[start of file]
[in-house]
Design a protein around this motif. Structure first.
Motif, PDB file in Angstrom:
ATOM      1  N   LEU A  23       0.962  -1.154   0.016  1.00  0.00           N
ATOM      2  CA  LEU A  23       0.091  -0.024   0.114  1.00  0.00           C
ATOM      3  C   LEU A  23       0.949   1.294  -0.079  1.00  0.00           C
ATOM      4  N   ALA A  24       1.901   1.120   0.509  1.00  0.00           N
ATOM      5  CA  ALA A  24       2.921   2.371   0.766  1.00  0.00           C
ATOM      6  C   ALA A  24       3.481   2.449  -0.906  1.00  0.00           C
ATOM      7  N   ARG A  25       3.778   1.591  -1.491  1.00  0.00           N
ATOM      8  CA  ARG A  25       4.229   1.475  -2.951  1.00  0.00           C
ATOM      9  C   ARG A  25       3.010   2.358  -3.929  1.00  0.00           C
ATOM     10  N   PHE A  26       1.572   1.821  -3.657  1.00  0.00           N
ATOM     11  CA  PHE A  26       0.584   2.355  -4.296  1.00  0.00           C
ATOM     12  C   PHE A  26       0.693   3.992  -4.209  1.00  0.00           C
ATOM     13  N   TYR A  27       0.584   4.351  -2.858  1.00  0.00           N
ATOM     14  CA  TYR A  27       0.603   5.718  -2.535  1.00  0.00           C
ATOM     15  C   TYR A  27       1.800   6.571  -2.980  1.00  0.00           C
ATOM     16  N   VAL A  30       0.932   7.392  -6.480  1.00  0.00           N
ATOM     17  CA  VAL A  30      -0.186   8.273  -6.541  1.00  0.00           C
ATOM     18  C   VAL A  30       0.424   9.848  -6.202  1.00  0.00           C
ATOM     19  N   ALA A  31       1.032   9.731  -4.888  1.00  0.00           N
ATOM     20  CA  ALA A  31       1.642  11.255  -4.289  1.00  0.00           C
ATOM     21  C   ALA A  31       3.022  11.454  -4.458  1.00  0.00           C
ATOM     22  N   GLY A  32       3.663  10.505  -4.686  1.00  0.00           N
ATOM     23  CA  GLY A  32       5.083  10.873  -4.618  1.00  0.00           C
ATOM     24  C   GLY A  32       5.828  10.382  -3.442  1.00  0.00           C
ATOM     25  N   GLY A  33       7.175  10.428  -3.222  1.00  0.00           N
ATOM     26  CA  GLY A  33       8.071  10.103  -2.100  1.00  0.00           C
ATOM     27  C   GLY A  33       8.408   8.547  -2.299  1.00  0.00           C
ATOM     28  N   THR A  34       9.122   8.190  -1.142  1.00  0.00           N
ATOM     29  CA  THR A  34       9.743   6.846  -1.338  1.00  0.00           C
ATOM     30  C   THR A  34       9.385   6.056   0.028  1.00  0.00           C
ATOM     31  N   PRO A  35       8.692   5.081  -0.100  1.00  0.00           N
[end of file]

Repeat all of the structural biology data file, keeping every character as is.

[in-house]
Design a protein around this motif. Structure first.
Motif, PDB file in Angstrom:
ATOM      1  N   LEU A  23       0.962  -1.154   0.016  1.00  0.00           N
ATOM      2  CA  LEU A  23       0.091  -0.024   0.114  1.00  0.00           C
ATOM      3  C   LEU A  23       0.949   1.294  -0.079  1.00  0.00           C
ATOM      4  N   ALA A  24       1.901   1.120   0.509  1.00  0.00           N
ATOM      5  CA  ALA A  24       2.921   2.371   0.766  1.00  0.00           C
ATOM      6  C   ALA A  24       3.481   2.449  -0.906  1.00  0.00           C
ATOM      7  N   ARG A  25       3.778   1.591  -1.491  1.00  0.00           N
ATOM      8  CA  ARG A  25       4.229   1.475  -2.951  1.00  0.00           C
ATOM      9  C   ARG A  25       3.010   2.358  -3.929  1.00  0.00           C
ATOM     10  N   PHE A  26       1.572   1.821  -3.657  1.00  0.00           N
ATOM     11  CA  PHE A  26       0.584   2.355  -4.296  1.00  0.00           C
ATOM     12  C   PHE A  26       0.693   3.992  -4.209  1.00  0.00           C
ATOM     13  N   TYR A  27       0.584   4.351  -2.858  1.00  0.00           N
ATOM     14  CA  TYR A  27       0.603   5.718  -2.535  1.00  0.00           C
ATOM     15  C   TYR A  27       1.800   6.571  -2.980  1.00  0.00           C
ATOM     16  N   VAL A  30       0.932   7.392  -6.480  1.00  0.00           N
ATOM     17  CA  VAL A  30      -0.186   8.273  -6.541  1.00  0.00           C
ATOM     18  C   VAL A  30       0.424   9.848  -6.202  1.00  0.00           C
ATOM     19  N   ALA A  31       1.032   9.731  -4.888  1.00  0.00           N
ATOM     20  CA  ALA A  31       1.642  11.255  -4.289  1.00  0.00           C
ATOM     21  C   ALA A  31       3.022  11.454  -4.458  1.00  0.00           C
ATOM     22  N   GLY A  32       3.663  10.505  -4.686  1.00  0.00           N
ATOM     23  CA  GLY A  32       5.083  10.873  -4.618  1.00  0.00           C
ATOM     24  C   GLY A  32       5.828  10.382  -3.442  1.00  0.00           C
ATOM     25  N   GLY A  33       7.175  10.428  -3.222  1.00  0.00           N
ATOM     26  CA  GLY A  33       8.071  10.103  -2.100  1.00  0.00           C
ATOM     27  C   GLY A  33       8.408   8.547  -2.299  1.00  0.00           C
ATOM     28  N   THR A  34       9.122   8.190  -1.142  1.00  0.00           N
ATOM     29  CA  THR A  34       9.743   6.846  -1.338  1.00  0.00           C
ATOM     30  C   THR A  34       9.385   6.056   0.028  1.00  0.00           C
ATOM     31  N   PRO A  35       8.692   5.081  -0.100  1.00  0.00           N